Friday, August 12, 2011

Alcohol and Heart Disease: Learning Healthier Behaviors

Alcohol and Heart Disease: Learning Healthier Behaviors
Most people don’t think of alcohol as a drug but it is. Alcohol abuse
has destroyed more lives, broken apart more families, caused more
diseases, and contributed to more auto fatalities than any other drug.
It is the major contributing factor in the growing epidemic of domes-
tic violence.
More than half of all adults drink, but, not everyone who drinks is
an alcoholic. Alcoholism is a complex psychosocial disease. Those who
drink risk becoming an alcoholic. It impairs your judgment and af-
fects the way you think, feel, and communicate.
The cause of alcoholism is unknown, but, like heart disease, there
are both controllable and uncontrollable risk factors. Having an al-
coholic parent is an uncontrollable risk. You are at risk if you are
angry, lonely, or sad or have few or no friends. Those who are poor or
under great stress are also at risk for alcoholism.
Alcohol addiction has four characteristics:
1. Alcoholism carries an overwhelming urge to repeat the experience of getting high on alcohol. At times, this urge
“Alcohol and Heart Disease,” Disease/alcohol_and_heart_disease.asp. © 2007 Women’s Heart Foundation ( Reprinted with permission. Women’s Heart Foundation is the only non-governmental nonprofit organization implementing heart dis-ease prevention and wellness programs in schools and is dedicated to improving survival and quality of life. Founded June 11, 1992.
  will go beyond the strength of a person’s will to resist, no matter how much risk or harm may be involved.
2. Satisfying the urge to drink becomes the top priority in the alcoholic’s life. This urge can become stronger than sexual needs, stronger than the need to satisfy hunger, stronger even than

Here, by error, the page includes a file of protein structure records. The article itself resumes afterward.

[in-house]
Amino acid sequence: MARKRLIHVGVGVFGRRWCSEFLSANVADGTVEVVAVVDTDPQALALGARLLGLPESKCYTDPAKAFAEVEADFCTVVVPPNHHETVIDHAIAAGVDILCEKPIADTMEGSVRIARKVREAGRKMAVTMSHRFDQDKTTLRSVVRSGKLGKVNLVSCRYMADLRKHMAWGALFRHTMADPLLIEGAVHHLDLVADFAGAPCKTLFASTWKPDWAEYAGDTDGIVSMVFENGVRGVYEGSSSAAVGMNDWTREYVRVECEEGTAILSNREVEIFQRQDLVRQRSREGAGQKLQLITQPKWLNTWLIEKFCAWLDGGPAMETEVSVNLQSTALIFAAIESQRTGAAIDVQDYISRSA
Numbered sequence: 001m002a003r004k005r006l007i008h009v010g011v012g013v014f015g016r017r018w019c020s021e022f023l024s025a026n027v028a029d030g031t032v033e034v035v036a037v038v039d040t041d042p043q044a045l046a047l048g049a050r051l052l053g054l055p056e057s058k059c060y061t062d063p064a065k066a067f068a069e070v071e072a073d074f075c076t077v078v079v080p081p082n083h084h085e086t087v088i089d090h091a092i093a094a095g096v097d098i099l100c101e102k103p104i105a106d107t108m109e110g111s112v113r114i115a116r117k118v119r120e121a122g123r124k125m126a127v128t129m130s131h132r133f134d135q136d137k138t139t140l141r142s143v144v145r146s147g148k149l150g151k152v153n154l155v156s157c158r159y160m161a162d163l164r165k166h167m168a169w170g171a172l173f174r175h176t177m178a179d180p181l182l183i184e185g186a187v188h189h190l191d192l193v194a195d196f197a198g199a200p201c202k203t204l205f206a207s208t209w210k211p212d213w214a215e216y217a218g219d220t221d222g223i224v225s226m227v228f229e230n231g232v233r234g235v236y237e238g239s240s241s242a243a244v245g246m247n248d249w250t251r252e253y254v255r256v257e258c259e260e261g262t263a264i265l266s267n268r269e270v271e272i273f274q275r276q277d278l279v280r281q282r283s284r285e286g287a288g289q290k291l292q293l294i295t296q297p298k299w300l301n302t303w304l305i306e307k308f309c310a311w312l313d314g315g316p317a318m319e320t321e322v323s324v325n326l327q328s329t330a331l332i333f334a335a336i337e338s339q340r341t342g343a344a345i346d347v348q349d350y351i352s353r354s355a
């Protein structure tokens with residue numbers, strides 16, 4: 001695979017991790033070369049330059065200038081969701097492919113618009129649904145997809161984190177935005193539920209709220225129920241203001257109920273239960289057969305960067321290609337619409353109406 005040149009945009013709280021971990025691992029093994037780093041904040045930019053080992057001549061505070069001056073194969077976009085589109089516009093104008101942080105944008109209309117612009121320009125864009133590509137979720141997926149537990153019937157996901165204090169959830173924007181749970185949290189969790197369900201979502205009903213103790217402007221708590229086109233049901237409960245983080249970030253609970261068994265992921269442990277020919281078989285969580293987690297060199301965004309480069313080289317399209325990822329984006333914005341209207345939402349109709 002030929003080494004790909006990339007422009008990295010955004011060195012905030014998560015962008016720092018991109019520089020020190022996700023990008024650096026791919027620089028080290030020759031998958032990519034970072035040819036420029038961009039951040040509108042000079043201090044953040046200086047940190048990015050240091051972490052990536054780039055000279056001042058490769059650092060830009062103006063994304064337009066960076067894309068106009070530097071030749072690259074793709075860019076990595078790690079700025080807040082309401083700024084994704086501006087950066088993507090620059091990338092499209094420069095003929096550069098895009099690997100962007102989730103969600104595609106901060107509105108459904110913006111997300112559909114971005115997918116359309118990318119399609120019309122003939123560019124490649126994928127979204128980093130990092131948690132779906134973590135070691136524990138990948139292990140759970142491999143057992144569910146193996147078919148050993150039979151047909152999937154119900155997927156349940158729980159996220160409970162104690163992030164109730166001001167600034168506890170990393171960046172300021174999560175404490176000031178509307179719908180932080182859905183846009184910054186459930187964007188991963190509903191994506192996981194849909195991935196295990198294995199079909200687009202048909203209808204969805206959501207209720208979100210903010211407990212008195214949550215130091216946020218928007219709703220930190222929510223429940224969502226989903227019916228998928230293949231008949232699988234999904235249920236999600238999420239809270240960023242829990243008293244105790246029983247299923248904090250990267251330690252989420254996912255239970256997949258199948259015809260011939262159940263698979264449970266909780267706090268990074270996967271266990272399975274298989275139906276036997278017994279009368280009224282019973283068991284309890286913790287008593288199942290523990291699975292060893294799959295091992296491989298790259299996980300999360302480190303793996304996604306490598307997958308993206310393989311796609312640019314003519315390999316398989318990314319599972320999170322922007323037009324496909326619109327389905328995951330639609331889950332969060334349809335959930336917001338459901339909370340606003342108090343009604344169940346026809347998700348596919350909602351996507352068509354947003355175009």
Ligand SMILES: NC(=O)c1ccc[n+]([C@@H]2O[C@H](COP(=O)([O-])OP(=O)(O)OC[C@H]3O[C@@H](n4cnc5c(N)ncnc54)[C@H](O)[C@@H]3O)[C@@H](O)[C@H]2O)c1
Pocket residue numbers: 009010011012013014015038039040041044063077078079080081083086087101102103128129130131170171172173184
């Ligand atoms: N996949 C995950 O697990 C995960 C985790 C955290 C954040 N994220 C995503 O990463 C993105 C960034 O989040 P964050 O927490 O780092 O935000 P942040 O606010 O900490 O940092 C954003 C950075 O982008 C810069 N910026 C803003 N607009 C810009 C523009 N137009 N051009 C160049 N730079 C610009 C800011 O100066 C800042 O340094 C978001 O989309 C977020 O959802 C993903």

the need for survival.
3. The urge to get high with alcohol becomes linked to all other aspects of life. Tension, depression, anger, and excitement can all trigger the desire to take a drink.
4. No matter how long an alcoholic has been sober, he or she will always be at risk for alcohol abuse. As time passes with sobriety, the urge to drink weakens and occurs less often, but it can return with ferocious and overpowering strength at any time.
Do you wonder if drinking may be a problem for you? Take this quiz to find out.
• Do you calm yourself down with a drink when under pressure at work?
• Do you ever have hangovers?
• Do family quarrels usually occur after you have had a drink or two?
• Does your family think you drink too much?
• Have you ever injured yourself or other persons after drinking?
• Are you often on, and off, the wagon?
• Have you ever driven while intoxicated?
• Do you avoid situations where it would be difficult for you to get a drink if you wanted one?
• When giving yourself a second or third drink, do you reassure yourself that you deserve it?
• If you know that you have to drive home in an hour, do you ever have a second drink anyway?
If you answered “yes” to any of these questions, you need to look carefully at how alcohol is affecting your life and your relationships with others. Discuss your concerns with your primary care doctor.